Premium Content

Access "Performance tweaks for virtualization technologies"

Bill Kleyman, Contributor Published: 15 Oct 2012

This article is part of the null issue of null

Over the past 10 years, virtualization technologies have allowed IT engineers to consolidate, save money and help their businesses grow. But just how much of an effect has virtualization had? Any engineer working with modern server technology would be foolish not to utilize the resources on these machines for business growth and expansion. By placing numerous virtual machines (VMs) on top a physical host, data centers are running more streamlined and have a smaller hardware footprint. A new Hewlett-Packard Co. ProLiant Server with an Intel Corp. eight-core processor is capable of running five to six VMs without much trouble. So why hold on to dying hardware when it can be virtualized, mothballed and recycled? As virtualizing gets easier, network engineers are becoming increasingly comfortable with the technology. However, there is a downside to this ease of use. Lately, many companies have begun to buy a server, load the workloads on a storage area network (SAN), deploy the hypervisor and load the VMs. Although this approach may work, IT administrators are ... Access >>>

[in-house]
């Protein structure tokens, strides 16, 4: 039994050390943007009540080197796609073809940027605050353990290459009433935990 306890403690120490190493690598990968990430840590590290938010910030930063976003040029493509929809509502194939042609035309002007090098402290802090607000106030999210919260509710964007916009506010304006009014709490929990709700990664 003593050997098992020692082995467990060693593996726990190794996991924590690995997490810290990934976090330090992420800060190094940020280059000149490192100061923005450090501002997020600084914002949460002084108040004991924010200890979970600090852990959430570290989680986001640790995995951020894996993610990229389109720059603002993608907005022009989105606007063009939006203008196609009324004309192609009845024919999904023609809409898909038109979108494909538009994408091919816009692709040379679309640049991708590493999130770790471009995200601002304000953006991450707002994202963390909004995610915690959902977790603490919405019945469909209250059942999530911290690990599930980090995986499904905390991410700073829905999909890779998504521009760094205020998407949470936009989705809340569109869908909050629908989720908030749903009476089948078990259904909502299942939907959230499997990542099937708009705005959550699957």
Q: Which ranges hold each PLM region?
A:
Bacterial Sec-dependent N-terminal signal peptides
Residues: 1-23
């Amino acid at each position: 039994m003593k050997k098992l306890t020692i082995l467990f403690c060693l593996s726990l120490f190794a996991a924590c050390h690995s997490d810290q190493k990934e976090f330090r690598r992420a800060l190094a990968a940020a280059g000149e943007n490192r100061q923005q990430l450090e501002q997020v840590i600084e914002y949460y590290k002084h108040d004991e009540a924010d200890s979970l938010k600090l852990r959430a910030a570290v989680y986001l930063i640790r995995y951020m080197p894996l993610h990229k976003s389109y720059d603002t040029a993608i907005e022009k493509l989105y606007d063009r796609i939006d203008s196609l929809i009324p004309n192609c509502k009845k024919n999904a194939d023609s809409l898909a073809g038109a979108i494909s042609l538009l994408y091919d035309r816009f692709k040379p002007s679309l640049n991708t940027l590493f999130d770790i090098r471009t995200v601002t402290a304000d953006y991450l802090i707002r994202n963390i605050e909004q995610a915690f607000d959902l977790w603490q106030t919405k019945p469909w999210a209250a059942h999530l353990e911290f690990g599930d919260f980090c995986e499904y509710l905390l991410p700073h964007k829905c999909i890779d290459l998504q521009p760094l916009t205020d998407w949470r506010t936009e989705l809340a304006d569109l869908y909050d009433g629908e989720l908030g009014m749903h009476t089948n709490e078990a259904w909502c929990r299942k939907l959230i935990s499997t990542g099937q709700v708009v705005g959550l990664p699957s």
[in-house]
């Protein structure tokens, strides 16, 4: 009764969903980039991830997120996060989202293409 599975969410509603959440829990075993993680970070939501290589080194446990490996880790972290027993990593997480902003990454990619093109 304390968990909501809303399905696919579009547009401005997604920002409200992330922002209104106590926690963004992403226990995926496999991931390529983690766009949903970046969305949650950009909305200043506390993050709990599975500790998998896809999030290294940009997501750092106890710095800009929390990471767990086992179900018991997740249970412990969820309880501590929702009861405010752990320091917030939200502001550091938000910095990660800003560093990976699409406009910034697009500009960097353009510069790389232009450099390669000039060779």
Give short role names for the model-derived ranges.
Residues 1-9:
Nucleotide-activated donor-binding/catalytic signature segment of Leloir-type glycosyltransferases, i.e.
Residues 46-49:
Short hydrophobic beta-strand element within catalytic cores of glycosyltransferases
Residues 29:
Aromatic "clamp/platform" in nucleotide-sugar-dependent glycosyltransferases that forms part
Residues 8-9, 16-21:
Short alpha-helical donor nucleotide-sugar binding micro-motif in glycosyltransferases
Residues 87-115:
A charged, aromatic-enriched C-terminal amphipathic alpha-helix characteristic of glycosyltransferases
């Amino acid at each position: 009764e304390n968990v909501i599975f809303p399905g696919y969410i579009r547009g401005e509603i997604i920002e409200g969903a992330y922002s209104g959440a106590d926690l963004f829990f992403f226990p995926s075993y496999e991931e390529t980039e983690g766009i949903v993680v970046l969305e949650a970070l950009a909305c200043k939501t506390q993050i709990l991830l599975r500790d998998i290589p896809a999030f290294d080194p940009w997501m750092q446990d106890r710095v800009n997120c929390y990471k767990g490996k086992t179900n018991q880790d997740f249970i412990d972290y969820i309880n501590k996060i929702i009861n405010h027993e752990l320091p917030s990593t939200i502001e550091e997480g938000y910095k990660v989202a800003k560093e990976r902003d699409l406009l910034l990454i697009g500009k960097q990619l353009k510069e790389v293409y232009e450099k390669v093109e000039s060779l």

Access TechTarget
Premium Content for Free.

By submitting you agree to receive email from TechTarget and its partners. If you reside outside of the United States, you consent to having your personal data transferred to and processed in the United States. Privacy